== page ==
Credit Card Debt Cut: The Reason May Surprise You

Posted by administrator | 18/06/12 | Tagged Credit Card Debt

Credit Card Debt Cut: The Reason May Surprise You
News from NPR:

A Federal Reserve study showing that Americans lost wealth in the Great Recession turned up another, perhaps more surprising, result: Credit card debt fell sharply.

“The percentage of families using credit cards for borrowing dropped over the period; the median balance on their accounts fell 16.1 percent” between 2007 and 2010, the report concluded.

The data appeared Monday in the Survey of Consumer Finances, a widely followed source of information about the financial condition of American families.

The Fed study turned up two particularly dismal measures of financial health:

1) Median family income fell 7.7 percent, to $ 45,800 in 2010 from $ 49,600 in 2007.

2) Median family net worth fell 38.8 percent, to $ 77,300 in 2010 from $ 126,400 in 2007.

So if income and net worth were tumbling, wouldn’t people have been borrowing more to put food on the table and shoes on the kids?

To the contrary, “the decreased prevalence of credit card debt outstanding was widespread and noticeable across most of the demographic groups,” the Fed study found.

Cr…………… continues on NPR

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Billing city for private car’s gas ‘bad judgment,’ ex-police chief says
News from Los Angeles Times:

Costa Mesa’s former police chief confirmed that he was suspended and ultimately resigned from the city after an investigation found that he had charged gas for his personal vehicle on a city credit card.

“Bad judgment? Yes,” said Chris Shawkey, 52. “I should’ve gone to the city manager and said, ‘What do you want me to do?’ and work it out that way. But that was really the only thing outside of my employment agreement.”

Expense reports submitted to his department over his four years — he was hired in 2006 — show he charged hundreds of gallons of gas across California, Arizona and other states.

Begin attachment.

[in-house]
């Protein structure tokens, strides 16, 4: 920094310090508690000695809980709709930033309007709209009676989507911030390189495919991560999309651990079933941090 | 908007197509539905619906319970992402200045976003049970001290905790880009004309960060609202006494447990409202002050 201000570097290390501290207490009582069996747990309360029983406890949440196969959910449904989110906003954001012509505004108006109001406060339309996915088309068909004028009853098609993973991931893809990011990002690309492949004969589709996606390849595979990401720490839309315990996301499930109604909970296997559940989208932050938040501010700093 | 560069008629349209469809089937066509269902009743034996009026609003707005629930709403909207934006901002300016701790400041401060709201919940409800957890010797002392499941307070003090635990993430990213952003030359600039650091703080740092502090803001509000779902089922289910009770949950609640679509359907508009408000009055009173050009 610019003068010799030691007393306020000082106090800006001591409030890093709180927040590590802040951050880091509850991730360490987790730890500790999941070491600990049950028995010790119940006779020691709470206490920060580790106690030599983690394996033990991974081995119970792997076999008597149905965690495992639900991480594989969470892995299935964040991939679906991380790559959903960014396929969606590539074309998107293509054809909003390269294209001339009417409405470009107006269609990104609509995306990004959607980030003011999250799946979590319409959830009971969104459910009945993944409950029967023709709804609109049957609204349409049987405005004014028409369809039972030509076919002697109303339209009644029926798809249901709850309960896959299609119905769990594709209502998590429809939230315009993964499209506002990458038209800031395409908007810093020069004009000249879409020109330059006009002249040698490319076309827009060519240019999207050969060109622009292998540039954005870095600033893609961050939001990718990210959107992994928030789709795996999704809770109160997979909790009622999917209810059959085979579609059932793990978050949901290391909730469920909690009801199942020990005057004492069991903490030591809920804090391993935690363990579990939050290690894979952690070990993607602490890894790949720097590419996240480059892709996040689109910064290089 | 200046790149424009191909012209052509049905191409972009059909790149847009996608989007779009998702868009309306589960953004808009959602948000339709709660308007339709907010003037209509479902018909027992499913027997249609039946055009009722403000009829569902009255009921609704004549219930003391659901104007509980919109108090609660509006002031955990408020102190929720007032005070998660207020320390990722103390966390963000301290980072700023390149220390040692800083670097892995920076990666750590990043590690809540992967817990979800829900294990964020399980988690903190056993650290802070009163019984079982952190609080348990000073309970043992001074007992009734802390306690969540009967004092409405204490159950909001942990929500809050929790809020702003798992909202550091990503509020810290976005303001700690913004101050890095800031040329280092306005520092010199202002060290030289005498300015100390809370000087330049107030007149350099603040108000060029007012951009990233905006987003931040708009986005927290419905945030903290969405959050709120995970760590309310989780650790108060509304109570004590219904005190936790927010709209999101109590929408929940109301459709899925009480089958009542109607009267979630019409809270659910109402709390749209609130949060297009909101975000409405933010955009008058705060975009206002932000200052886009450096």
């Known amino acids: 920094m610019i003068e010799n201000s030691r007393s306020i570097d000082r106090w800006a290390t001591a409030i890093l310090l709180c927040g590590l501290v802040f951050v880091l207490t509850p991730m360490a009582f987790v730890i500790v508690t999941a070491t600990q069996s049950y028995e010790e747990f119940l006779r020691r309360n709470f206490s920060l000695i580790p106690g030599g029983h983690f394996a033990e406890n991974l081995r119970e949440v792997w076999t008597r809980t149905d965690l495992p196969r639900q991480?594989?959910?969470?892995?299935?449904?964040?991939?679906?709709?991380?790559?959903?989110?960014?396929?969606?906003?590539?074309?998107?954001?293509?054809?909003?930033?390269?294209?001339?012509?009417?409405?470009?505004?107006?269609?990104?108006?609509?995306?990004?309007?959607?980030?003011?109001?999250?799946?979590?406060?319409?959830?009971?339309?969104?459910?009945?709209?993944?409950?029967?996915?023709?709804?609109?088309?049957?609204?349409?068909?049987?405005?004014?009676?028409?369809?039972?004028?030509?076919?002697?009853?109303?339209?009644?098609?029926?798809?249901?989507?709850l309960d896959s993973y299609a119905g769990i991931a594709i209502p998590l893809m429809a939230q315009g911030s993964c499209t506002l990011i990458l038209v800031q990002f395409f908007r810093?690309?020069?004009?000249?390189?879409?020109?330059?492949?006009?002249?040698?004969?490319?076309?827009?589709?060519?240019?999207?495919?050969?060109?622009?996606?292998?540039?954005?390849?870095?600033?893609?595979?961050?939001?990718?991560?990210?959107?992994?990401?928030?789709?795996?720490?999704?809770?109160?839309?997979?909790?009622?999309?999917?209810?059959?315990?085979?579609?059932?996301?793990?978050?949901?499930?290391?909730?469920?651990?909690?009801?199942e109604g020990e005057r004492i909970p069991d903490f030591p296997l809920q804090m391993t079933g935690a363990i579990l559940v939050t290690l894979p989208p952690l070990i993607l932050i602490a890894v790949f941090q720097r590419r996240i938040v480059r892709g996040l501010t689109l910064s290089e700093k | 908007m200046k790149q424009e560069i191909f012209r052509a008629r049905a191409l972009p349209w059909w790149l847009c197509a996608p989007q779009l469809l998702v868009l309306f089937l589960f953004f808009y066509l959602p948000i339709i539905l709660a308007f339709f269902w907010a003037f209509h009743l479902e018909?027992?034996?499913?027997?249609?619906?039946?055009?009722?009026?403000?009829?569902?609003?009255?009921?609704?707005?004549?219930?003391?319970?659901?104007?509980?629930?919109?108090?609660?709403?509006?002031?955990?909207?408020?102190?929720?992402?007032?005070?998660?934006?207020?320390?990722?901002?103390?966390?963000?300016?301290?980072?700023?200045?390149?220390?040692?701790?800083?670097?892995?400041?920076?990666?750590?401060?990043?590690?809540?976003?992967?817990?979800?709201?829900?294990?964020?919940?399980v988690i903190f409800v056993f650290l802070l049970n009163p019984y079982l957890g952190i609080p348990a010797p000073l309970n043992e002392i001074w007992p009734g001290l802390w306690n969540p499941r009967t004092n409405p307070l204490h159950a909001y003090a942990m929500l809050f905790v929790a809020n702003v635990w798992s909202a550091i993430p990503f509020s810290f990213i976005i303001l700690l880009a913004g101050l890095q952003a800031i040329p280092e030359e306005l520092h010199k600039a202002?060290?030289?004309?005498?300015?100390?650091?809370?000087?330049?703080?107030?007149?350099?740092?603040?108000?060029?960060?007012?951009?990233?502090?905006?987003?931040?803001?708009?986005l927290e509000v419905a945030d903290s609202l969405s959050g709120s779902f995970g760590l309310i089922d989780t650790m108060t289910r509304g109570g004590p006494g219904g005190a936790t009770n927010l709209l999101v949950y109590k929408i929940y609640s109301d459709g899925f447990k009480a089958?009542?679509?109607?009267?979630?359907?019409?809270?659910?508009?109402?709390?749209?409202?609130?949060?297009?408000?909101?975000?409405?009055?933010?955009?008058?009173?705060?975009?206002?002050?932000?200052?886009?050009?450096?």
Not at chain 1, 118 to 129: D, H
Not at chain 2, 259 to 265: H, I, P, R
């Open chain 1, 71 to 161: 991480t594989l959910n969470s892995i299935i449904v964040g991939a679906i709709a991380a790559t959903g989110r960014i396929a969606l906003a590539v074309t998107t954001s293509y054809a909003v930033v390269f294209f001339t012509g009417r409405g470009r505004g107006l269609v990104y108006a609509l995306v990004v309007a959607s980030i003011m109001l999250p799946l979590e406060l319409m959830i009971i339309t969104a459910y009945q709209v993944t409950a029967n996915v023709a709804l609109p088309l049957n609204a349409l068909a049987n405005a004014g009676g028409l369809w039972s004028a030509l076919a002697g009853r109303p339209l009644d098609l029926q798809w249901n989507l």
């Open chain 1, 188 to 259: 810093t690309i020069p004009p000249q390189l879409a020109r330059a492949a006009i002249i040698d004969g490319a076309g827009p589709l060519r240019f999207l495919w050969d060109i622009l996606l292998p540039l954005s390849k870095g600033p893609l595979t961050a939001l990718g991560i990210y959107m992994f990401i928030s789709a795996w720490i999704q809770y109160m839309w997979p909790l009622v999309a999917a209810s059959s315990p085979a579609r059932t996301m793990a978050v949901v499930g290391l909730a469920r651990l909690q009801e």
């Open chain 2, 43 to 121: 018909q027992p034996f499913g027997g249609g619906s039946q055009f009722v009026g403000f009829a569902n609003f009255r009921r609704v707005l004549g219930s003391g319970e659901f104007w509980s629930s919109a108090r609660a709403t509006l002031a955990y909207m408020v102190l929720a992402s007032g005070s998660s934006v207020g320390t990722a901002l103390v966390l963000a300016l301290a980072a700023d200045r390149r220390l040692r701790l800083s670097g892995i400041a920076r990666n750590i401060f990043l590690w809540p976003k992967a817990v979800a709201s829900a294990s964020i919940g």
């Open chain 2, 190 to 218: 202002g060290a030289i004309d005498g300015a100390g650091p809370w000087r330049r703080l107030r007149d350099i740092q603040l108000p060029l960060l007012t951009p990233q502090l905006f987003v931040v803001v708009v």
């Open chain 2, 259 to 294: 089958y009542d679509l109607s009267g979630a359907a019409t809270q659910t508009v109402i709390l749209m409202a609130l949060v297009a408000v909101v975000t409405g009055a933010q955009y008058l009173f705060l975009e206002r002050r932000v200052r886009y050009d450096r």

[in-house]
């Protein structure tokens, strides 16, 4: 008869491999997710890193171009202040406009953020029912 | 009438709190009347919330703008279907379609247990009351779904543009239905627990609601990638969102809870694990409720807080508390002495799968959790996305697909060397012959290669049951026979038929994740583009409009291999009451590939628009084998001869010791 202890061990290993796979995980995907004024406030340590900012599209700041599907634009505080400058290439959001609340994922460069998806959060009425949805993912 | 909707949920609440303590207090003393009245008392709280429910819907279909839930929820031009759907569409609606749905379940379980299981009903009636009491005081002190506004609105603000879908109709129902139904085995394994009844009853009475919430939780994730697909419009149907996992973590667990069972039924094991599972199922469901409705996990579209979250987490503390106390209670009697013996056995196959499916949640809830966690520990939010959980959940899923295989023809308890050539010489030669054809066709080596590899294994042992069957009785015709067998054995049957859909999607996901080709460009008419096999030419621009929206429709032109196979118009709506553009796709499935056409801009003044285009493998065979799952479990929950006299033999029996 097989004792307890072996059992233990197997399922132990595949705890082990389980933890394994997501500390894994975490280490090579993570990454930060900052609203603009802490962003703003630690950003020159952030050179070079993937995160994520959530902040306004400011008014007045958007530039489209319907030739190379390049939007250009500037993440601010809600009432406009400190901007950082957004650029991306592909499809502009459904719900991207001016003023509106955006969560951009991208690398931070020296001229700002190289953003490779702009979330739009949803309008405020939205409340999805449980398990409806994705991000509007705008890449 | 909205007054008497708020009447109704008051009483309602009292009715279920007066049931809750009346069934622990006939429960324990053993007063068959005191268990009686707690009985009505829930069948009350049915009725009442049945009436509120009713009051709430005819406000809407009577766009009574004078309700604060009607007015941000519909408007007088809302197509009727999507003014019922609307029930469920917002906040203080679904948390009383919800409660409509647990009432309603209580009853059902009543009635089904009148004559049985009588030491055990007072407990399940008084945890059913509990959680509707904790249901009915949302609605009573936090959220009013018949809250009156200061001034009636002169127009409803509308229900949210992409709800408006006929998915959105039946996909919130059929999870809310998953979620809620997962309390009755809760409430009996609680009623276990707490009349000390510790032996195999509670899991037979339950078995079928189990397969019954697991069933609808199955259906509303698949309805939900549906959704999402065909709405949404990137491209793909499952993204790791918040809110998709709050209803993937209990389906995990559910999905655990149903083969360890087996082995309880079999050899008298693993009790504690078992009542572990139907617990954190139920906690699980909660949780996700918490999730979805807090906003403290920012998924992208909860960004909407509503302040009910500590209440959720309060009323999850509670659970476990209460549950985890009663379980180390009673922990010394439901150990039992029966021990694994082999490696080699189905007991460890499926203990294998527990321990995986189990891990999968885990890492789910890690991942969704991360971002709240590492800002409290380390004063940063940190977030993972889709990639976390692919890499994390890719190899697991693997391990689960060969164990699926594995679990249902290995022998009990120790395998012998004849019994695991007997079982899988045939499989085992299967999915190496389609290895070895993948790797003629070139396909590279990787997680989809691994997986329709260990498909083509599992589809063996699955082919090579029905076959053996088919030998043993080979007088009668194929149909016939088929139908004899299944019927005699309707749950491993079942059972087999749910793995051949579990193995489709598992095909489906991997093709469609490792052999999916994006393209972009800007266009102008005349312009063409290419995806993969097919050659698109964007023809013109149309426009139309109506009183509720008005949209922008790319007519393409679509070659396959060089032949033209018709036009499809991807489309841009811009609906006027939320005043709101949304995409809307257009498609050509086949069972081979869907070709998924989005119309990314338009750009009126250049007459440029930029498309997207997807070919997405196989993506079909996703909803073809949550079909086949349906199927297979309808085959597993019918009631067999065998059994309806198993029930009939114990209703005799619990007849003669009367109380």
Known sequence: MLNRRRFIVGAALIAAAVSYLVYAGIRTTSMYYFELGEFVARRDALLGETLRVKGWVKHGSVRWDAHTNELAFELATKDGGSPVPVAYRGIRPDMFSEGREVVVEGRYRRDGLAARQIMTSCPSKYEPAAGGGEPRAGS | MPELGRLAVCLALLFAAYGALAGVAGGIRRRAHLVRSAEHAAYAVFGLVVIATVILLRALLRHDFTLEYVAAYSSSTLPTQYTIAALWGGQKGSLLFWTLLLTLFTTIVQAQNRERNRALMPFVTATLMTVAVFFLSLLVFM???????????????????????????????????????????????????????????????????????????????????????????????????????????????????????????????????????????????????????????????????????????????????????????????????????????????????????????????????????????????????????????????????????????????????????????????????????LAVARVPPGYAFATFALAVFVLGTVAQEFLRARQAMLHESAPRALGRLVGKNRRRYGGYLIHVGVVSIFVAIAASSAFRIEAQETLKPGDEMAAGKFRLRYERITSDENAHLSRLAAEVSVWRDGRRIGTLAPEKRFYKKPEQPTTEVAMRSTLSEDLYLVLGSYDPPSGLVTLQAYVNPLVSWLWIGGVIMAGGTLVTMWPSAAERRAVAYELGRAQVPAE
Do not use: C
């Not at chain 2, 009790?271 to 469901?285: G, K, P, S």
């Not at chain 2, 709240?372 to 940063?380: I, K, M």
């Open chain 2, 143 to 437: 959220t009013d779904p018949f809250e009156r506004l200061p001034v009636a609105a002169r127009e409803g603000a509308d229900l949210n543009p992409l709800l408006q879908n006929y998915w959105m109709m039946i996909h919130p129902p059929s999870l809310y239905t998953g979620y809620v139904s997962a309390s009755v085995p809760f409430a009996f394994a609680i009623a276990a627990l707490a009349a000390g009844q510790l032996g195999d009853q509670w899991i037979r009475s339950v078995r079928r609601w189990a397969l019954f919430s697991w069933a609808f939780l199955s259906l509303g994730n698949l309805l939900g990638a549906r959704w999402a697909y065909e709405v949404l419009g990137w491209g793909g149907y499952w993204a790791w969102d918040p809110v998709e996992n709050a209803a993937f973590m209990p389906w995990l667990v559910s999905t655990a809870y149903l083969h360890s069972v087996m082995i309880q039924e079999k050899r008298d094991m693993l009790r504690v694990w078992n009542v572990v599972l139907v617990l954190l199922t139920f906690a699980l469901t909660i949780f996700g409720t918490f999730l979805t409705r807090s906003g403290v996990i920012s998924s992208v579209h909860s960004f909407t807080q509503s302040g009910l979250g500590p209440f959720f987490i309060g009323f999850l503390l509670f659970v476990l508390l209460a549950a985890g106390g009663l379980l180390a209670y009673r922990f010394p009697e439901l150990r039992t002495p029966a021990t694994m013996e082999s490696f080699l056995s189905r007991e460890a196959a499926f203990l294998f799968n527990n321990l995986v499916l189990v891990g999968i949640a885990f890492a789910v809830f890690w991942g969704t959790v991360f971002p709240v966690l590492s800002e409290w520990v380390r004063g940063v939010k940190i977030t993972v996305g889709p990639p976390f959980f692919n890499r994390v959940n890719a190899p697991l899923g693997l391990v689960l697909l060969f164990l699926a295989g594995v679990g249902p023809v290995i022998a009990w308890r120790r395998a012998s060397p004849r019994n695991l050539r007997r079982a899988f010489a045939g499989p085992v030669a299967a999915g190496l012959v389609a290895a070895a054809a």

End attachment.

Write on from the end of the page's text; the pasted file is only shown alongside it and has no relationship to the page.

But that was all within his right, Shawkey said, pointing out that his employment agreement seemed to allow the practice.

That agreement granted the Arizona transplant a city-leased vehicle and unlimited mileage, but did not specify that he only could use the card or vehicle on city business, he said.

However, Shawkey acknowledged that he improperly used the card when he was traveling in his personal vehicle, an SUV, about 10 times, by his estimation. He said his city-issued Ford 500 wasn’t big enough for his wife and kids.

The billings were approved by the Finance Department and signed off by his subordinate, then-Capt. Ron Smith.

“I didn’t hide the receipts,” an exasperated Shawkey said. “I turned in the receipts. What am I hidin…………… continues on Los Angeles Times

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US consumer cut back on credit card use in April
News from Fox News:

U.S. consumer borrowing increased more slowly in April, restrained by a sharp reduction in credit card debt.

The report suggests Americans may be resisting their credit cards after seeing employers pull back on hiring this spring.

The Federal Reserve said Thursday that consumers increased borrowing by $ 6.5 billion in April. That’s just half the March gain.

The increase was driven by a $ 9.96 billion rise in a category that measures auto and student loans. That offset a $ 3.4 billion drop in credit card debt, the first decline since January.

Total borrowing rose to a seasonally adjusted $ 2.55 trillion. That was slightly below the all-time high of $ 2.58 trillion reached in July 2008, eight months after the Great Recession began.

Consumers had begun to use their credit cards more freely at the start of the year, a move that coincided with solid job gains over the winter. But hiring slowed sharply in April and May, which may have forced some to cut back on their plastic.

Employers added just 69,000 jobs in May, the fewest in a year, and just 77,000 jobs in April.

The economy added 252,000 jobs a month from December through February. Since then, job growth has slowed to a lackluster 96,000 a month.

April’s borrowing increase was the smallest in six months. Economists said that…………… continues on Fox News

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